FDA plans to amend 21 CFR Part 11 rules

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Related tags: Draft guidance, Food and drug administration, Fda

The US Food and Drug Administration has issued its final guidance
document describing its current thinking regarding the scope and
application of 21 CFR Part 11 on electronic records and electronic
signatures; also unveils a series of other projects under its cGMP
initiative.

The US Food and Drug Administration has issued its final guidance document describing its current thinking regarding the scope and application of 21 CFR Part 11 on electronic records and electronic signatures. The FDA is re-examining Part 11 as it applies to all FDA regulated products, and said it anticipates initiating rulemaking to change the regulation as a result of that re-examination. This is part of its overall cGMP initiative Pharmaceutical cGMPs for the 21st Century: A Risk-Based Approach . The final guidance explains how the agency will narrowly interpret the scope of Part 11. While the re-examination is under way, it intends to exercise enforcement discretion with respect to certain Part 11 requirements, i.e. it will not take enforcement action to enforce compliance with the validation, audit trail, record retention and record copying requirements of the regulation. The new guidance on electronic records is just one of a series of new initiatives announced by the FDA on the first anniversary of its cGMP initiative. The others include: a draft guidance on a process for resolving disputes arising over scientific and technical issues related to pharmaceutical cGMP; a draft guidance on the aseptic processes used in the manufacture of sterile drugs, emphasizing current science and risk-based approaches; a draft guidance on preparation and use of a comparability protocol for assessing chemistry, manufacturing and control changes to protein drug products and biological products; and a draft guidance for Process Analytical Technology (PAT) - a framework for allowing regulatory processes to more readily adopt state-of-the-art technological advances in drug development, production and quality assurance. "All of the major steps announced today are part of our programme to increase efficiencies while maintaining and enhancing FDA's high standards for safety in our regulation of the manufacturing of human drugs and biologics and veterinary drugs," said FDA Commissioner Mark McClellan. The agency has also set up a new Pharmaceutical Inspectorate, resulting from a collaboration between the Office of Regulatory Affairs and the Center for Drug Evaluation and Research, which will operate a team dedicated to conducting human drug manufacturing quality inspections on the majority of prescription drug manufacturers and other complex or high risk pharmaceutical operations. The PI will also conduct pre-approval inspections and may conduct or assist in investigations that would benefit from its expertise. Other measures announced by the FDA include a collaboration with Georgetown and Washington Universities to identify the factors that predict manufacturing performance in a bid to "further refine our pharmaceutical manufacturing risk-based assessment," according to the agency. Meanwhile, it will be working with the National Science Foundation's Center for Pharmaceutical Processing Research to expand its scientific foundation in the area of innovative pharmaceutical manufacturing technology, and implementing a programme with Pfizer to research chemical imaging applications in pharmaceutical manufacturing and quality assurance. The ISPE commented that the new Part 11 guidance suggests that the FDA does not intend to take action to enforce any Part 11 requirements with regard to systems that were operational before the effective date of the regulation, as long as certain criteria defined in the guidance are met, according to the International Society of Pharmaceutical Engineering. Despite this pull-back from enforcement, the agency stresses that Part 11 remains in effect and records must still be maintained or submitted in accordance with the underlying predicate rules. It will still take regulatory action for non-compliance with these principles rules, ie the underlying requirements set forth in the regulation, as well as the Public Health Service Act and other FDA regulations. A number of comments received regarding the February 2003 draft version of the guidance have been addressed in the final version, notes the ISPE. The changes include clarification of enforcement discretion in general (and particularly with regard to legacy systems), clarification of the FDA's position on time stamps, and a statement that the agency does not intend to re-issue the withdrawn Part 11 draft guidance documents.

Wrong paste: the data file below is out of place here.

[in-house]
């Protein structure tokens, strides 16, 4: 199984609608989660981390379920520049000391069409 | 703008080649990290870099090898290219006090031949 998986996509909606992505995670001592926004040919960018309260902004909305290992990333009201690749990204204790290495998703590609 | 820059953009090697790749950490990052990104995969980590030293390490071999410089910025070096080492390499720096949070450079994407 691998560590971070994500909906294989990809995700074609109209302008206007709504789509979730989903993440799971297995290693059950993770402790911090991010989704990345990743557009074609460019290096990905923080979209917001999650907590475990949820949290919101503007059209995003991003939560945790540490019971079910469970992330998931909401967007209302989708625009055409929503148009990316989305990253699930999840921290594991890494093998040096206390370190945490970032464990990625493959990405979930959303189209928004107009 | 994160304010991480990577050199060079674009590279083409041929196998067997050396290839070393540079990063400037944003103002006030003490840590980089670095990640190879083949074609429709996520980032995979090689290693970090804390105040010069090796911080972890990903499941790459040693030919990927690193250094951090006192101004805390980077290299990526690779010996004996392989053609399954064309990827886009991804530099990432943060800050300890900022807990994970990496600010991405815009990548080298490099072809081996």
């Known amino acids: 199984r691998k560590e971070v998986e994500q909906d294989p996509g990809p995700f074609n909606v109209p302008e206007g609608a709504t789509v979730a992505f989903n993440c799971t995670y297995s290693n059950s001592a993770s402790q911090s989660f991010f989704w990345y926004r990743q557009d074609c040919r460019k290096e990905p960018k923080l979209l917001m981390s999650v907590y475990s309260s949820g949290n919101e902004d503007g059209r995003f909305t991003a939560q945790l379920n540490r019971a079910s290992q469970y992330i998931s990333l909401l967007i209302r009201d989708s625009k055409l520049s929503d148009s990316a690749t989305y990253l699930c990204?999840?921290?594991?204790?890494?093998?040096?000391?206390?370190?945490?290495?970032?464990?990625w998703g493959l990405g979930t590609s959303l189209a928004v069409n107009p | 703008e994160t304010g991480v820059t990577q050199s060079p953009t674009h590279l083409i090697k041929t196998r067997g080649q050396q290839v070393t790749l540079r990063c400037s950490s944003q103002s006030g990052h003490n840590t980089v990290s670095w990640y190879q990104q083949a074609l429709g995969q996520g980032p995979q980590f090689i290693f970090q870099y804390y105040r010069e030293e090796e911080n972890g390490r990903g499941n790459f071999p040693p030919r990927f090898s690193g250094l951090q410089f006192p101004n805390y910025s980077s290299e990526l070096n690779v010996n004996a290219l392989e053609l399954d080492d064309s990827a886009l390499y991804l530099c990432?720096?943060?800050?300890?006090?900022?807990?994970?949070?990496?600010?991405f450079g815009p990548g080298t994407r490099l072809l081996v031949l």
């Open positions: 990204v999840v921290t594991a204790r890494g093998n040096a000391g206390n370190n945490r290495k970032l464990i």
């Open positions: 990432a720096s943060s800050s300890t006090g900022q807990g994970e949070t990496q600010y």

Related topics: Drug Delivery

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